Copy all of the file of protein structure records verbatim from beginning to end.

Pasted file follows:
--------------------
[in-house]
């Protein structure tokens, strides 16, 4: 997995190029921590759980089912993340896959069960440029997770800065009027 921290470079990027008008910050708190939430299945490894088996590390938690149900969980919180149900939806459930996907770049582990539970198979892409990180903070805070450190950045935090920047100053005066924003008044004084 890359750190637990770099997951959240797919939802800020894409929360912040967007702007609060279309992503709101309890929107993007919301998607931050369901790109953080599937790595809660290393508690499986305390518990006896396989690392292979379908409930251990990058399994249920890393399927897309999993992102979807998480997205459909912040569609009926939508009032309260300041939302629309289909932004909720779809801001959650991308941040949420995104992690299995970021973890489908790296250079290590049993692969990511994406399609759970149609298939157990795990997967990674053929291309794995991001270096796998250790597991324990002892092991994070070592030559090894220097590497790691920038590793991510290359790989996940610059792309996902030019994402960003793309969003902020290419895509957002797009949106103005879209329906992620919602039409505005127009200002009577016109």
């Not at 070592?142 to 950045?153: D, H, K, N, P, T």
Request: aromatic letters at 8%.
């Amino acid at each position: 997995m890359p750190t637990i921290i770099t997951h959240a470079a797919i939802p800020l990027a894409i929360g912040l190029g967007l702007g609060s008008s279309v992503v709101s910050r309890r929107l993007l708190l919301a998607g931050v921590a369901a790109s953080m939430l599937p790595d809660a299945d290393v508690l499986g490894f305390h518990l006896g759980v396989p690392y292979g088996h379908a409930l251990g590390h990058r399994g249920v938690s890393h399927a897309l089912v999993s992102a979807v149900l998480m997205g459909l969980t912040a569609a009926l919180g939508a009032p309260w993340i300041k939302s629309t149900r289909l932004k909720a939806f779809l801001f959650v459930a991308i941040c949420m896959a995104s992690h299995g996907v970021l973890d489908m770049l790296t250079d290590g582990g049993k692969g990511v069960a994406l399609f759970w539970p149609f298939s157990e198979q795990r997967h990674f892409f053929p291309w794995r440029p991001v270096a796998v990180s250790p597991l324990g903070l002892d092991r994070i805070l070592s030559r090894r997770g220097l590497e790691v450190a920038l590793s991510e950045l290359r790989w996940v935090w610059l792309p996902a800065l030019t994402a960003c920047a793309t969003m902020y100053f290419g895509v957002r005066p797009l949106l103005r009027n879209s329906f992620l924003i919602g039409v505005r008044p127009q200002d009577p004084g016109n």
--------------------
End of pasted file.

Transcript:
[in-house]
């Protein structure tokens, strides 16, 4: 997995190029921590759980089912993340896959069960440029997770800065009027 921290470079990027008008910050708190939430299945490894088996590390938690149900969980919180149900939806459930996907770049582990539970198979892409990180903070805070450190950045935090920047100053005066924003008044004084 890359750190637990770099997951959240797919939802800020894409929360912040967007702007609060279309992503709101309890929107993007919301998607931050369901790109953080599937790595809660290393508690499986305390518990006896396989690392292979379908409930251990990058399994249920890393399927897309999993992102979807998480997205459909912040569609009926939508009032309260300041939302629309289909932004909720779809801001959650991308941040949420995104992690299995970021973890489908790296250079290590049993692969990511994406399609759970149609298939157990795990997967990674053929291309794995991001270096796998250790597991324990002892092991994070070592030559090894220097590497790691920038590793991510290359790989996940610059792309996902030019994402960003793309969003902020290419895509957002797009949106103005879209329906992620919602039409505005127009200002009577016109």
């Not at 070592?142 to 950045?153: D, H, K, N, P, T």
Request: aromatic letters at 8%.
């Amino acid at each position: 997995m890359p750190t637990i921290i770099t997951h959240a470079a797919i939802p800020l990027a894409i929360g912040l190029g967007l702007g609060s008008s279309v992503v709101s910050r309890r929107l993007l708190l919301a998607g931050v921590a369901a790109s953080m939430l599937p790595d809660a299945d290393v508690l499986g490894f305390h518990l006896g759980v396989p690392y292979g088996h379908a409930l251990g590390h990058r399994g249920v938690s890393h399927a897309l089912v999993s992102a979807v149900l998480m997205g459909l969980t912040a569609a009926l919180g939508a009032p309260w993340i300041k939302s629309t149900r289909l932004k909720a939806f779809l801001f959650v459930a991308i941040c949420m896959a995104s992690h299995g996907v970021l973890d489908m770049l790296t250079d290590g582990g049993k692969g990511v069960a994406l399609f759970w539970p149609f298939s157990e198979q795990r997967h990674f892409f053929p291309w794995r440029p991001v270096a796998v990180s250790p597991l324990g903070l002892d092991r994070i805070l070592s030559r090894r997770g220097l590497e790691v450190a920038l590793s991510e950045l290359r790989w996940v935090w610059l792309p996902a800065l030019t994402a960003c920047a793309t969003m902020y100053f290419g895509v957002r005066p797009l949106l103005r009027n879209s329906f992620l924003i919602g039409v505005r008044p127009q200002d009577p004084g016109n």